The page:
Here's a thought: we could become "them." Instead of noticing (and complaining about) science writers who take our best material and get it not-quite right, we could sometimes choose–and then learn–to write the way they do. Instead of sighing over science textbooks that compress history into brief sidebars, we could work with their writers to show why history of science deserves not only more space but integration into the overall presentation of science. We could further encourage history of science students to become K–12 teachers, museum professionals, and film-makers, and seek out active means to funnel people headed for these futures into history of science courses. Instead of bemoaning the lack of science-cultural literacy among our politicians and government bureaucrats, we could prepare our students for non-academic jobs that engage with science-related public policy.I would add that we can and should push for integration of history of science into other branches of history. For us, that means making HOS a part of standard US history narratives.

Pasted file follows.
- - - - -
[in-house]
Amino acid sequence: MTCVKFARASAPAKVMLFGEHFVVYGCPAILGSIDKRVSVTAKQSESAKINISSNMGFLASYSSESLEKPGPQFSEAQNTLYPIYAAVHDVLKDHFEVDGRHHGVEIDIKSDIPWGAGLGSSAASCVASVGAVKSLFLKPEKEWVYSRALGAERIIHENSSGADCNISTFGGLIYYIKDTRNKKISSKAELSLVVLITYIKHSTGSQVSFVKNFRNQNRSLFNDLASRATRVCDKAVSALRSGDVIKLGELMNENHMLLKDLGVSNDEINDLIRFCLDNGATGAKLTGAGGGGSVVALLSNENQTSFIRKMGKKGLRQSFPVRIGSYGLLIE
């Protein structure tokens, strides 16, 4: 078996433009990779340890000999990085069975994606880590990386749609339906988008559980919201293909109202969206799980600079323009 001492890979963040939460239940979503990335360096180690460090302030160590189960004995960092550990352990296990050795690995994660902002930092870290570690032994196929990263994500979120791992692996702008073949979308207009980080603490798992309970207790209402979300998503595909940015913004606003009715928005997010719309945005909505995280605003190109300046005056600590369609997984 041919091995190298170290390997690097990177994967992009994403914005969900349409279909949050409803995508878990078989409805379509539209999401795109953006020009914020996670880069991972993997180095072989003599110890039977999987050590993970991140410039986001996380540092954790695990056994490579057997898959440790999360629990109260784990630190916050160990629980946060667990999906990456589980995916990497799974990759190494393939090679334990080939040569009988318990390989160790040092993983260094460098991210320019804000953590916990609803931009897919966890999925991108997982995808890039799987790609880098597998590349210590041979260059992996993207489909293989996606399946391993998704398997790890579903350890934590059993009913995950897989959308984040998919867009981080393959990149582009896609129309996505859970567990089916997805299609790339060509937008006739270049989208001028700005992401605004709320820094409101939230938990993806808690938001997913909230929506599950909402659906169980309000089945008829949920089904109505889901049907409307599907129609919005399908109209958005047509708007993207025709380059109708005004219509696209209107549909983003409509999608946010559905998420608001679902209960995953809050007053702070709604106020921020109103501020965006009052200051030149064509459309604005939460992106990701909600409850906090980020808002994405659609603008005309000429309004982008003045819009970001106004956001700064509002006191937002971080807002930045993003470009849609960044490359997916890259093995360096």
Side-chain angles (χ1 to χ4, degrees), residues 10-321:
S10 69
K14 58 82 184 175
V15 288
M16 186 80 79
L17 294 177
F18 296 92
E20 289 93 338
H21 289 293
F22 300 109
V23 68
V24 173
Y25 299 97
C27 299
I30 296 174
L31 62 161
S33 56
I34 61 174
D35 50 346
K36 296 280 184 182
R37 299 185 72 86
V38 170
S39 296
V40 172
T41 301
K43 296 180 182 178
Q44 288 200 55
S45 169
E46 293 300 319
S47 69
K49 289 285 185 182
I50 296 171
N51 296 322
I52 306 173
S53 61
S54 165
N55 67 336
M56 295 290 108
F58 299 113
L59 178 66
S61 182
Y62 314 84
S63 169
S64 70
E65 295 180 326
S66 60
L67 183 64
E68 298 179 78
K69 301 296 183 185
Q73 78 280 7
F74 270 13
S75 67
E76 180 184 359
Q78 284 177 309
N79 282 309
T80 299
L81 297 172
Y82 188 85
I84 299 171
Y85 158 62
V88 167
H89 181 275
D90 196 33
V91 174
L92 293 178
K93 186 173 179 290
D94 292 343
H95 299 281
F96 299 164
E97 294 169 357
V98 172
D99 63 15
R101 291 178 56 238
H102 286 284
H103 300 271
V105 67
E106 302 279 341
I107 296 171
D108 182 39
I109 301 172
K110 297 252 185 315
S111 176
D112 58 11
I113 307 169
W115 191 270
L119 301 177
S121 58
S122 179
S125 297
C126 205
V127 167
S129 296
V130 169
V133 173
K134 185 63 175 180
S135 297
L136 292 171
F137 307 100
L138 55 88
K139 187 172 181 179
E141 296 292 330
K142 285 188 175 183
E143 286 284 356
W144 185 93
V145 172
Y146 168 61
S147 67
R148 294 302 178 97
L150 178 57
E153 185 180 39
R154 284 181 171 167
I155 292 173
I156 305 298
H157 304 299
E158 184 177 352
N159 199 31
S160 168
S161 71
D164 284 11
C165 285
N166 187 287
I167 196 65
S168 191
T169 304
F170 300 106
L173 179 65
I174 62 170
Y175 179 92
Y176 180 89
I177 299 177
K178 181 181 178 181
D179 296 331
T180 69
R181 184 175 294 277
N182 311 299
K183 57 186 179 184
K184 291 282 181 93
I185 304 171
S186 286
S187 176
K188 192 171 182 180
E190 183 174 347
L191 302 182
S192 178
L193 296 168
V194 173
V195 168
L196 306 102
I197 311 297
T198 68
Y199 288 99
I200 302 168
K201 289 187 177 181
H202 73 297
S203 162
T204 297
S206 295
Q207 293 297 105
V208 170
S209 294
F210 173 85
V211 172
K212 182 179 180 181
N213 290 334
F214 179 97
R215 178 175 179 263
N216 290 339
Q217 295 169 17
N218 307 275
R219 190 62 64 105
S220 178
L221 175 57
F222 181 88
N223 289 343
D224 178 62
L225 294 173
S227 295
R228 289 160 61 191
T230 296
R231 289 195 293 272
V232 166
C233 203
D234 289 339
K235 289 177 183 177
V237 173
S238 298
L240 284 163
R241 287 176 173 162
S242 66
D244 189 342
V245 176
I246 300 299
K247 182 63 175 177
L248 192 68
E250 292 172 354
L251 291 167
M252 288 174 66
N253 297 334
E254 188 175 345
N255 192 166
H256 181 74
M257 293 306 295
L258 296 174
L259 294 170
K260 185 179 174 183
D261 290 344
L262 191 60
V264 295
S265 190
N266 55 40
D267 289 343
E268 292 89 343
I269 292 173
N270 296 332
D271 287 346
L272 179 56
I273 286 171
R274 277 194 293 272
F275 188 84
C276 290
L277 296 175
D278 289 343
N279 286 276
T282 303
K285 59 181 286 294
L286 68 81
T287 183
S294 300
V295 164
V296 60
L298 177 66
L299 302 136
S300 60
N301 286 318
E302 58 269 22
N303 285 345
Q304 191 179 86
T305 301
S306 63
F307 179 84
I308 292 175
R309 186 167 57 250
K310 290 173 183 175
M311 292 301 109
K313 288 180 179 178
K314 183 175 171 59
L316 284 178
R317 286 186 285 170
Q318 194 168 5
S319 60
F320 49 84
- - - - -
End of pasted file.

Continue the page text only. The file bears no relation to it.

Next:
Nyhart also mentions our little experiment here and that HSS has opened up an on-line forum that---err, um---has not exactly caught on yet. I like this spirit of experimentation. I think the question for Google Group is: what does an HSS Forum do that H-Net can't? Any ideas?